Clarias and tilapia interaction in polyculture

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C. Kwei Lin

Type of Document:
Research Report


Pond Dynamics/Aquaculture CRSP, Oregon State University

Date of Publication:

Place of Publication:
Corvallis, OR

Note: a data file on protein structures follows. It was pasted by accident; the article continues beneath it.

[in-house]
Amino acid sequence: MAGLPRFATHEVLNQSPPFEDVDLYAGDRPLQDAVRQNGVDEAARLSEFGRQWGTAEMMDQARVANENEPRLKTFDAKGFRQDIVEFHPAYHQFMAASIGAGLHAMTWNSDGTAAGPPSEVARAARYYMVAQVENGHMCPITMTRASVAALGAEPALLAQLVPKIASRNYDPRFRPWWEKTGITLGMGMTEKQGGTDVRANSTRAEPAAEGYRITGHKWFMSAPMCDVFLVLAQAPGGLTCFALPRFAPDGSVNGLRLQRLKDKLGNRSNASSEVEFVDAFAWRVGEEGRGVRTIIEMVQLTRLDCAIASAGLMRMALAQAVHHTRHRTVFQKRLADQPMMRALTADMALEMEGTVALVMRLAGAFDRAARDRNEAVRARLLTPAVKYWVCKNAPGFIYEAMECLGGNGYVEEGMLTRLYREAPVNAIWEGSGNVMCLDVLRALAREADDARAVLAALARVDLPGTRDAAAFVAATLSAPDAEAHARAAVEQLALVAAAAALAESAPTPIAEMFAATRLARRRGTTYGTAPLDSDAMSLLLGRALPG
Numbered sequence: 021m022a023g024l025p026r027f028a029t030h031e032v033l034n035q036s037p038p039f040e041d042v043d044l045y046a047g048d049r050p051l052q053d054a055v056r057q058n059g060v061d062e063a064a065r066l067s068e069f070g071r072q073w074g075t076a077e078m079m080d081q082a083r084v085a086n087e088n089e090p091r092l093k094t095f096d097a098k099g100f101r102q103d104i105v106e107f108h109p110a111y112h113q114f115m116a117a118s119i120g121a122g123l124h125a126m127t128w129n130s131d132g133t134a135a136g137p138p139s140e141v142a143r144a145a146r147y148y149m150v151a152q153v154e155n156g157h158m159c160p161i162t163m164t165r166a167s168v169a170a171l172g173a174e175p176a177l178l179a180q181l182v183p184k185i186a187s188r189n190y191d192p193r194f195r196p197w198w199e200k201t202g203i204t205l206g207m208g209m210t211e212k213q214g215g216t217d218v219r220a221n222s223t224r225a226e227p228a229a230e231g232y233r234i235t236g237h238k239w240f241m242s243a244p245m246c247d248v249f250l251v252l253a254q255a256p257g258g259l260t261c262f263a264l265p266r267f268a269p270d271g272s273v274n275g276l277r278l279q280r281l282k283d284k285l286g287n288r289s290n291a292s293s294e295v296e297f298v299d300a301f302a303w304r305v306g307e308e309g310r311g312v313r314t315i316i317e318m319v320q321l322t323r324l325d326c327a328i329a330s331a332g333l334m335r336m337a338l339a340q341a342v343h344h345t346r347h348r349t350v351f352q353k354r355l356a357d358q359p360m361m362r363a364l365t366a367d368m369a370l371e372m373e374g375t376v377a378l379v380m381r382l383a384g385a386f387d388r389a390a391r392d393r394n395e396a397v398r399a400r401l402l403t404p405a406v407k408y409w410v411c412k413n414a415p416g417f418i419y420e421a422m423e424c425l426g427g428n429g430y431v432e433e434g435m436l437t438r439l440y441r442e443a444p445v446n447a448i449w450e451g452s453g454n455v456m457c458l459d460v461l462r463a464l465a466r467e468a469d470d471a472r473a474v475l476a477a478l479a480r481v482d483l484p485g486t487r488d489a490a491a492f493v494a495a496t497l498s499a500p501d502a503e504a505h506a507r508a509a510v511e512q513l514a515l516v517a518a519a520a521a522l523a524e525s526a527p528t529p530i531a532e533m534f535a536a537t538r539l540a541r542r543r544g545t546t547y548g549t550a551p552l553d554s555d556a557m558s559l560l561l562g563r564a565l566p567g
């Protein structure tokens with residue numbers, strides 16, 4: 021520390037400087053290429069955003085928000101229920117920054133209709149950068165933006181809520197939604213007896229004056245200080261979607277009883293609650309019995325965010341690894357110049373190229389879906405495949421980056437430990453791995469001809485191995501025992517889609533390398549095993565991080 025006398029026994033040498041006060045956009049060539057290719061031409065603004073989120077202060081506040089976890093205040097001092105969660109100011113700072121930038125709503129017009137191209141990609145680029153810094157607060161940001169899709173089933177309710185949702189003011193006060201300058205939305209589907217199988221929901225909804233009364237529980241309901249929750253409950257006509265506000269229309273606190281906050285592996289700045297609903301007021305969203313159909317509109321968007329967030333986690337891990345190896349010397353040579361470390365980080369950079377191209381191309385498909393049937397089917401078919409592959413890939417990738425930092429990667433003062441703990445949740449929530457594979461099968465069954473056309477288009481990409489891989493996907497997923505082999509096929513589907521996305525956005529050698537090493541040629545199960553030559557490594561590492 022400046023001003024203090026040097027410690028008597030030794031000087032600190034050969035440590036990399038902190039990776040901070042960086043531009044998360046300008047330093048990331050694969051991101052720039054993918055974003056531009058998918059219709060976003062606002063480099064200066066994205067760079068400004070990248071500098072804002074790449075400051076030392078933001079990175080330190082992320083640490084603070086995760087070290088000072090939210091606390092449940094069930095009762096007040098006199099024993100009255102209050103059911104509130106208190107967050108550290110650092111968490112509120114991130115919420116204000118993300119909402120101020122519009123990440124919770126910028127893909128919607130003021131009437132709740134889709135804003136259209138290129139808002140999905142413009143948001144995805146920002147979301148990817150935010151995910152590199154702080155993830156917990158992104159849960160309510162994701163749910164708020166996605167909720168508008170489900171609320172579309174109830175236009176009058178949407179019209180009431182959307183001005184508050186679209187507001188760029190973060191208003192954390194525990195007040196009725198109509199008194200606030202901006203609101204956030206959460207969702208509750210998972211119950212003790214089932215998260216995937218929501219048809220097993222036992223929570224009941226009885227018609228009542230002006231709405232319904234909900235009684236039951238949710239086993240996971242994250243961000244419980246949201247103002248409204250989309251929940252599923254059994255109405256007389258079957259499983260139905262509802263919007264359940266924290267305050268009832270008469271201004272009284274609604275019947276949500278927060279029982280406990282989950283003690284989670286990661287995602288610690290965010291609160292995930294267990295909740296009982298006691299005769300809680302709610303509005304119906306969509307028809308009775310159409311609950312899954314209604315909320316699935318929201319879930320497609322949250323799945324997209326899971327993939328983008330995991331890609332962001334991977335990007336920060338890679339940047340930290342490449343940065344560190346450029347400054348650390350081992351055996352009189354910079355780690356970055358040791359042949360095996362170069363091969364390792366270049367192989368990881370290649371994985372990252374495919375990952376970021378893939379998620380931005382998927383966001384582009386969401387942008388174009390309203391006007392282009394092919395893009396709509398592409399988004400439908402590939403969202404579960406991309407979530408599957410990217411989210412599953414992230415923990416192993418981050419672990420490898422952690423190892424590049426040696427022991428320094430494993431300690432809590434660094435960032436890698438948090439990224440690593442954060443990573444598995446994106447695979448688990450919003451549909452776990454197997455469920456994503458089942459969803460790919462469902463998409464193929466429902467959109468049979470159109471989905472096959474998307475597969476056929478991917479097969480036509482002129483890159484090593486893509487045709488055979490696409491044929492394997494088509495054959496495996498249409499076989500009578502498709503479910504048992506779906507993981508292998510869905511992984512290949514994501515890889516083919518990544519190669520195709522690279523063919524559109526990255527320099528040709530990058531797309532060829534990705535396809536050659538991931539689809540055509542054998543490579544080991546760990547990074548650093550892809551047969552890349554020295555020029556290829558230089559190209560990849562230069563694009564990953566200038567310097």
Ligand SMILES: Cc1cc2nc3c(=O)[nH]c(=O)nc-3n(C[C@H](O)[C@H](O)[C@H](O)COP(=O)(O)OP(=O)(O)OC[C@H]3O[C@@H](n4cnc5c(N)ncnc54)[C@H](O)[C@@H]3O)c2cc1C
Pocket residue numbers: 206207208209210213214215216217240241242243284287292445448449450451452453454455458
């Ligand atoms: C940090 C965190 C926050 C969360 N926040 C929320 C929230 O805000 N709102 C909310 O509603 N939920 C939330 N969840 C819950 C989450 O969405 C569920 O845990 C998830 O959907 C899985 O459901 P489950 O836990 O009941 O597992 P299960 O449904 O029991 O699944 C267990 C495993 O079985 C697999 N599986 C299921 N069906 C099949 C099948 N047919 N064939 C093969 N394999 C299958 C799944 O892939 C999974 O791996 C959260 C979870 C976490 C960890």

Abstract: Experiments were conducted to assess the effects of polyculture on tilapia growth and to evaluate African catfish (Clarias gariepinus) as a predator control for unwanted tilapia offspring in a polyculture system. Three treatments were tested using nine 200 m2 earthen ponds. Ponds were stocked with male tilapia in treatment 1 (T1), mixed sex tilapia in treatment 2 (T2), and mixed sex tilapia and catfish in treatment 3 (T3). Fish were fed a commercial diet ration of 1.5% of body weight per day twice a day at 0900 hr and 1500 hr. Feed inputs, adjusted biweekly, were based on Nile tilapia (Oreochromis niloticus) biomass. Gut Contents of African catfish were analyzed two weeks prior to temination of the experiment. Water quality parameters were estimated biweekly. Diel analysis of dissolved oxygen (DO), temperature, and pH were performed at three depths and six time intervals, and net primary productivity (NNP) was estimated using DO concentrations. A t-test was used to compare final fry biomass, daily weight gain (DWG) of Nile tilapia, net fish yield (NFY), and the diel variability of gut Content. DWG and NFY were significantly higher for treatment T1 in which male Nile tilapia were stocked. Mean fry biomass for each treatment showed large fluctuations. Statistical analyses of two of the three replicates of T1, T2, and all three replicates of T3 indicated that T2 production was significantly greater than T3 production. Forty-seven percent of the sampled African catfish contained one of the following in the stomach or intestines: whole fish, partially digested fish, fish flesh, fish scales, fins, or bones; twenty-six percent of the African catfish had freshly ingested fry in the stomach. Biweekly variation in mean values for water quality parameters were comparable for each treatment. Tilapia production in polyculture with African catfish was significantly lower than the culture systems with either all male tilapia or mixed sex tilapia. African catfish predation of tilapia fry was sufficiently effective to serve as a population control for tilapia; however, active predation occurred only in semi-intensive culture systems where fish were fed their natural diet.

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